CCMA orders EFF to pay former staff
The Economic Freedom Fighters (EFF) has been told to pay up after former employees took their cases to the Commission for Conciliation, Mediation and Arbitration (CCMA) – and won.
In Mpumalanga, former Ehlanzeni administrator Caleb Sibitane was awarded four months’ salary, which came to R40 000. Celi Nkambule, who worked in the same EFF office as a field worker, was granted R25 000.
In the Free State, former admin secretary Alima Thole says she has been granted R70 000 by the CCMA. In Gauteng, head office employee Sabelo Mhlungu says that he was also awarded R70 000.
Six other former employees told City Press that they had also won their CCMA cases and were waiting for the compensation figures to be announced.
In total, the CCMA told City Press that it currently had 15 cases on its roll where the EFF was the respondent. However, it could not provide details.
Despite the EFF signing contracts with these employees, the party has always maintained that they were volunteers at the organisation.
“It’s not a salary because it’s voluntary work,” party leader Julius Malema told City Press in February. “They are paid an allowance of R5 000, which is mainly for transport purposes, because [they] are voluntary.”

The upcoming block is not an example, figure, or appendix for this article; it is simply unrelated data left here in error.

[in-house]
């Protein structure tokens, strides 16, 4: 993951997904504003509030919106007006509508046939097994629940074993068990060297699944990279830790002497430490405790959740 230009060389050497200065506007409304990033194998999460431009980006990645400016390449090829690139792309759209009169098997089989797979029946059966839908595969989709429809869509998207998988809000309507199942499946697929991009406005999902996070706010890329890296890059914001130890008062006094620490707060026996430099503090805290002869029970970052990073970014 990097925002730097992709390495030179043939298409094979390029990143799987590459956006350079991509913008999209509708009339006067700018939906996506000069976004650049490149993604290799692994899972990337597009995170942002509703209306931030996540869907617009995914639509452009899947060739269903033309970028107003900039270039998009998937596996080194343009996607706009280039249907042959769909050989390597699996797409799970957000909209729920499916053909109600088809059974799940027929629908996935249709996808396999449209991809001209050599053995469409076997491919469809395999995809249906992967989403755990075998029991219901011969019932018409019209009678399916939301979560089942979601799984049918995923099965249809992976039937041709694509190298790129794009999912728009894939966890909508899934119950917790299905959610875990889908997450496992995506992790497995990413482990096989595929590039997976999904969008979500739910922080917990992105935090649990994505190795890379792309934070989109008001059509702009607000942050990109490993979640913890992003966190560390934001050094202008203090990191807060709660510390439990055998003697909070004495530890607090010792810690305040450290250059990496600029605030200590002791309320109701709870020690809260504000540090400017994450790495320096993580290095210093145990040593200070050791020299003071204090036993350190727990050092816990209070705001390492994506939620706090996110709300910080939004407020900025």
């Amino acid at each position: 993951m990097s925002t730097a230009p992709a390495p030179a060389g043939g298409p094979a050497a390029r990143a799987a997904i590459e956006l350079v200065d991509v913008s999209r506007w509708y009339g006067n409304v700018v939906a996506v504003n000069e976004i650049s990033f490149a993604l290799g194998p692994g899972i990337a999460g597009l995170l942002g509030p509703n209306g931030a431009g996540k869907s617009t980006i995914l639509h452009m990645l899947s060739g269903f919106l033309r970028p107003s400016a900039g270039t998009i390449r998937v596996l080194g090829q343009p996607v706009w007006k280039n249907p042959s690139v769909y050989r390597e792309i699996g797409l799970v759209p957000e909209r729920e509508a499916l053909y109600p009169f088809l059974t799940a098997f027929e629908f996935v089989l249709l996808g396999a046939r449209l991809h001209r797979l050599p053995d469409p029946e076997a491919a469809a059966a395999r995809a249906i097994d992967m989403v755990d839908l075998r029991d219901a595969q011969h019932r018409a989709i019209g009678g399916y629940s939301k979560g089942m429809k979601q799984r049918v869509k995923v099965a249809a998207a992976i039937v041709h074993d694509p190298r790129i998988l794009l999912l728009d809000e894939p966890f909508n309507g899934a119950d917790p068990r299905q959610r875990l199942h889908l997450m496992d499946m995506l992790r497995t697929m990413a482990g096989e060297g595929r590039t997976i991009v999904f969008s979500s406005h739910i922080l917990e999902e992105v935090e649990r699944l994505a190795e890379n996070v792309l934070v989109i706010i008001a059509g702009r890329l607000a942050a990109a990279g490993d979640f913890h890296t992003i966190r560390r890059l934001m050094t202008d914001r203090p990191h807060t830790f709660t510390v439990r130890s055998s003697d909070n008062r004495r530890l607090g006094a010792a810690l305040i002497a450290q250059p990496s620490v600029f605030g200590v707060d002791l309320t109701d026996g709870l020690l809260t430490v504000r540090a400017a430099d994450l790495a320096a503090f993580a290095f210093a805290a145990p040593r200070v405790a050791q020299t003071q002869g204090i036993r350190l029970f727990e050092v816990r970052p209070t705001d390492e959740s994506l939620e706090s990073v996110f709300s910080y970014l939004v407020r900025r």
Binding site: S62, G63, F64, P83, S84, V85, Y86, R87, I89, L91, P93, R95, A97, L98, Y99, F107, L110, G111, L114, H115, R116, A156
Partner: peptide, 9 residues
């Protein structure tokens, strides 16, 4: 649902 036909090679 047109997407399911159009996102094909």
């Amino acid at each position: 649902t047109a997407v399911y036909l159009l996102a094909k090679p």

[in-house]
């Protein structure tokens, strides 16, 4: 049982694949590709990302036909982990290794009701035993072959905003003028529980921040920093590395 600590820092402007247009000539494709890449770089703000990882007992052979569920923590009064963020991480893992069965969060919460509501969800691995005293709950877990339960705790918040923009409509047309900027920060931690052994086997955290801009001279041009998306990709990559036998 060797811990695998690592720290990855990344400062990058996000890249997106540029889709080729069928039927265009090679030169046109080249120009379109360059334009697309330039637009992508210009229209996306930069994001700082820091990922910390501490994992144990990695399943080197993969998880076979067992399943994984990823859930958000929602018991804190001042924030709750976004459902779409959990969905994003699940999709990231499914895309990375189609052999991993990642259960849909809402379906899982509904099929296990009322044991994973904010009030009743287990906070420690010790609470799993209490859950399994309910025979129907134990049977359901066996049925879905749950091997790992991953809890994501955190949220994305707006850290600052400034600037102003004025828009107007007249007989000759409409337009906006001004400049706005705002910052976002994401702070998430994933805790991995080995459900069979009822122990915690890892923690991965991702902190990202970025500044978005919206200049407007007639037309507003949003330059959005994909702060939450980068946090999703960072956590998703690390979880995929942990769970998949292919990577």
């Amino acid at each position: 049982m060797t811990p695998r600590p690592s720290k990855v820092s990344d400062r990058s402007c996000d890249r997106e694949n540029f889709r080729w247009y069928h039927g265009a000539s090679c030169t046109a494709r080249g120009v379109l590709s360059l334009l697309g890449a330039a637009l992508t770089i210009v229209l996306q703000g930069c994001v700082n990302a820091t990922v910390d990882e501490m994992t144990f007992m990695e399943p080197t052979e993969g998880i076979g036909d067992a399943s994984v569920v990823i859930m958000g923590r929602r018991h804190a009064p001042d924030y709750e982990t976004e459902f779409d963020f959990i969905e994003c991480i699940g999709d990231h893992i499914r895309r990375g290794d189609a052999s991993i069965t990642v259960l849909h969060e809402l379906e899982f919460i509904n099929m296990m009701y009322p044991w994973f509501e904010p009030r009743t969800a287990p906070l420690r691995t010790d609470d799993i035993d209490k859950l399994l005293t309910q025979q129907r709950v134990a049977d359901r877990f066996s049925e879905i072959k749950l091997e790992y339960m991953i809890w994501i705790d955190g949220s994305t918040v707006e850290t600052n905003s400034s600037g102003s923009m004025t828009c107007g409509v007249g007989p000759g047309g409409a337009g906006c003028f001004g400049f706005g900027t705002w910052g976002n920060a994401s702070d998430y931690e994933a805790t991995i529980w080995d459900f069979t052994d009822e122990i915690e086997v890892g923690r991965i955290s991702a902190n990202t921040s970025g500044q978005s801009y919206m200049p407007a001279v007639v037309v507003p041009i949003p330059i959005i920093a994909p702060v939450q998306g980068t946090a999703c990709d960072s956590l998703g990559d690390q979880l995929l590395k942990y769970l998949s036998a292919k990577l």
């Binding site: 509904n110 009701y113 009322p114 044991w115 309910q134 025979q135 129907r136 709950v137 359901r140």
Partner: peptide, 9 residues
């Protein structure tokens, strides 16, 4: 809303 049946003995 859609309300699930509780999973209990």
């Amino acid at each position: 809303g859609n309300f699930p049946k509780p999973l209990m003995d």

In April, several former EFF members, including Sibitane and Nkambule, complained that they had been unfairly dismissed from their jobs.
At the time, the EFF accused City Press of running “a smear campaign aimed at discrediting the movement”. The EFF now says it will comply with the CCMA’s rulings. “The EFF lost some of these cases and won some. We are a legal organisation, which will be challenged time and time again,” EFF spokesperson Mbuyiseni Ndlozi said this past week.
According to the EFF, there was an understanding with some employees, who also held political positions, that if they were voted out, they would forfeit their status as employees.
“People with political-office ambitions who work in the EFF sometimes use their professional positions to mobilise for political positions in the EFF. This results in the employer-employee relationship falling apart – even if they mobilise for others to be in office. And in all of these cases, it was because of these things.”
But speaking to City Press on Friday, Sibitane denied that such an agreement existed. “If there was an understanding, it was only known by Julius and [EFF deputy president] Floyd [Shivambu]. If that was communicated to us, none of us would have left our jobs,” he said.
The CCMA instructed the EFF to pay both Sibitane and Nkambule before the end of May, but neither of them have been paid. The two say that they will now look at involving the sheriff’s office to get their money – even if that means attaching furniture and assets belonging to the EFF.
Sabelo Mhlungu approached the sheriff’s office after he reached an agreement with the EFF to pay him, but has still not been paid.
Asked when the EFF was going to pay Mhlungu, Malema told City Press: “When we get money, we will pay him.”